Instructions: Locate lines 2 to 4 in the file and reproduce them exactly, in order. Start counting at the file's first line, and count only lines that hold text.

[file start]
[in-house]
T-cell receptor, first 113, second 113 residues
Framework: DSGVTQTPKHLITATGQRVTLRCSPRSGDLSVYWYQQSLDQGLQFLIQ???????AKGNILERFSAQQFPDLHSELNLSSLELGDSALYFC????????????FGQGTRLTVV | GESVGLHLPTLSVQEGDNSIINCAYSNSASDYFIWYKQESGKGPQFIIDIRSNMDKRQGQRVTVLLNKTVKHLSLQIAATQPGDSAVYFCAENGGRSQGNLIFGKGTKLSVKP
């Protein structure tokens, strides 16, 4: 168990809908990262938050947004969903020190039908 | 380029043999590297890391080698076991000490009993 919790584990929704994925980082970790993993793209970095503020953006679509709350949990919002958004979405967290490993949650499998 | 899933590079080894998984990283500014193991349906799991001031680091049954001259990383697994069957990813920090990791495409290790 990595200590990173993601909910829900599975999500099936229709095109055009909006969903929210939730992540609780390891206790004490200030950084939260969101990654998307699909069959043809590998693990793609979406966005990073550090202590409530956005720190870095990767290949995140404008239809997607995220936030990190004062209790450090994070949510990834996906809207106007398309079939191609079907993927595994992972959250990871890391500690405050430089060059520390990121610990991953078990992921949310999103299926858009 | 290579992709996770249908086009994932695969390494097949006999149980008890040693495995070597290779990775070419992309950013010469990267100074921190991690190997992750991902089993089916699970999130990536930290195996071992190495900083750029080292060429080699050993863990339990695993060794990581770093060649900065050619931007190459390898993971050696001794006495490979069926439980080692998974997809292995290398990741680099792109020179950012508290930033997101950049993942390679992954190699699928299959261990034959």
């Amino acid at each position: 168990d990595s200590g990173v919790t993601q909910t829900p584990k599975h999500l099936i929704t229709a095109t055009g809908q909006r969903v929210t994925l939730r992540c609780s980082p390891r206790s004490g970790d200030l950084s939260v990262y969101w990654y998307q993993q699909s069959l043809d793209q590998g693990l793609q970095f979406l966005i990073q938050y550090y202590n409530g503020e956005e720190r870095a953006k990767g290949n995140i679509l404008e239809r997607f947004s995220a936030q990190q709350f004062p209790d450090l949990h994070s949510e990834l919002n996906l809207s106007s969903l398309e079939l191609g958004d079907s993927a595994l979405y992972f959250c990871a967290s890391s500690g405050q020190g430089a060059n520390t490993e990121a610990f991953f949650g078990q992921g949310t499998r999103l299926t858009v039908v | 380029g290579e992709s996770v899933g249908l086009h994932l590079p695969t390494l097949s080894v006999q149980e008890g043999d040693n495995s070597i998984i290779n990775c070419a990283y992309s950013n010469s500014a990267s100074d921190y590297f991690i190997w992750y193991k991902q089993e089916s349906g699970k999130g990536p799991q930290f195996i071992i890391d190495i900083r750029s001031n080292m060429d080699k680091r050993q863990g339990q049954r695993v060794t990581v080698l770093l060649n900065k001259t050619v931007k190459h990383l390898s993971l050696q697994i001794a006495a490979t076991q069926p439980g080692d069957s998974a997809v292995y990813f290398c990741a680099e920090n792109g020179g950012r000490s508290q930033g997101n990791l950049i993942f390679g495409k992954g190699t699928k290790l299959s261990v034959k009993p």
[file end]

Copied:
T-cell receptor, first 113, second 113 residues
Framework: DSGVTQTPKHLITATGQRVTLRCSPRSGDLSVYWYQQSLDQGLQFLIQ???????AKGNILERFSAQQFPDLHSELNLSSLELGDSALYFC????????????FGQGTRLTVV | GESVGLHLPTLSVQEGDNSIINCAYSNSASDYFIWYKQESGKGPQFIIDIRSNMDKRQGQRVTVLLNKTVKHLSLQIAATQPGDSAVYFCAENGGRSQGNLIFGKGTKLSVKP
């Protein structure tokens, strides 16, 4: 168990809908990262938050947004969903020190039908 | 380029043999590297890391080698076991000490009993 919790584990929704994925980082970790993993793209970095503020953006679509709350949990919002958004979405967290490993949650499998 | 899933590079080894998984990283500014193991349906799991001031680091049954001259990383697994069957990813920090990791495409290790 990595200590990173993601909910829900599975999500099936229709095109055009909006969903929210939730992540609780390891206790004490200030950084939260969101990654998307699909069959043809590998693990793609979406966005990073550090202590409530956005720190870095990767290949995140404008239809997607995220936030990190004062209790450090994070949510990834996906809207106007398309079939191609079907993927595994992972959250990871890391500690405050430089060059520390990121610990991953078990992921949310999103299926858009 | 290579992709996770249908086009994932695969390494097949006999149980008890040693495995070597290779990775070419992309950013010469990267100074921190991690190997992750991902089993089916699970999130990536930290195996071992190495900083750029080292060429080699050993863990339990695993060794990581770093060649900065050619931007190459390898993971050696001794006495490979069926439980080692998974997809292995290398990741680099792109020179950012508290930033997101950049993942390679992954190699699928299959261990034959």